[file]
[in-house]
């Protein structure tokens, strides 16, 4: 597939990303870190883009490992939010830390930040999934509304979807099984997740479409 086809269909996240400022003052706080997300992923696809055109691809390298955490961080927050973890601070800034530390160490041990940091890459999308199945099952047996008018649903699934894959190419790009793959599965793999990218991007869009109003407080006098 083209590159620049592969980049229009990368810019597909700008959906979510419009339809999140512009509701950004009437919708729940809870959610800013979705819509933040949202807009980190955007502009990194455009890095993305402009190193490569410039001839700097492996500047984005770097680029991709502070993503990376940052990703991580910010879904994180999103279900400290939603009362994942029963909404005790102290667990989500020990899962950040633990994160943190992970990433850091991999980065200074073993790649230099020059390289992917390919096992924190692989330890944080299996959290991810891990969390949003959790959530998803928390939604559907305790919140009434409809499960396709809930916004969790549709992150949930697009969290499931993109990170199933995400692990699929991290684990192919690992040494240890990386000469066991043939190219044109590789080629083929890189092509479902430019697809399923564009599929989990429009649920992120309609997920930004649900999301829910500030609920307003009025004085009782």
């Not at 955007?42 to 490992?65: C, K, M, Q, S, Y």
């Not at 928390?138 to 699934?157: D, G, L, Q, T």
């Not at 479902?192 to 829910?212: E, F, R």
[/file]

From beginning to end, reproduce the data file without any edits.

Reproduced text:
[in-house]
């Protein structure tokens, strides 16, 4: 597939990303870190883009490992939010830390930040999934509304979807099984997740479409 086809269909996240400022003052706080997300992923696809055109691809390298955490961080927050973890601070800034530390160490041990940091890459999308199945099952047996008018649903699934894959190419790009793959599965793999990218991007869009109003407080006098 083209590159620049592969980049229009990368810019597909700008959906979510419009339809999140512009509701950004009437919708729940809870959610800013979705819509933040949202807009980190955007502009990194455009890095993305402009190193490569410039001839700097492996500047984005770097680029991709502070993503990376940052990703991580910010879904994180999103279900400290939603009362994942029963909404005790102290667990989500020990899962950040633990994160943190992970990433850091991999980065200074073993790649230099020059390289992917390919096992924190692989330890944080299996959290991810891990969390949003959790959530998803928390939604559907305790919140009434409809499960396709809930916004969790549709992150949930697009969290499931993109990170199933995400692990699929991290684990192919690992040494240890990386000469066991043939190219044109590789080629083929890189092509479902430019697809399923564009599929989990429009649920992120309609997920930004649900999301829910500030609920307003009025004085009782």
């Not at 955007?42 to 490992?65: C, K, M, Q, S, Y």
């Not at 928390?138 to 699934?157: D, G, L, Q, T």
């Not at 479902?192 to 829910?212: E, F, R």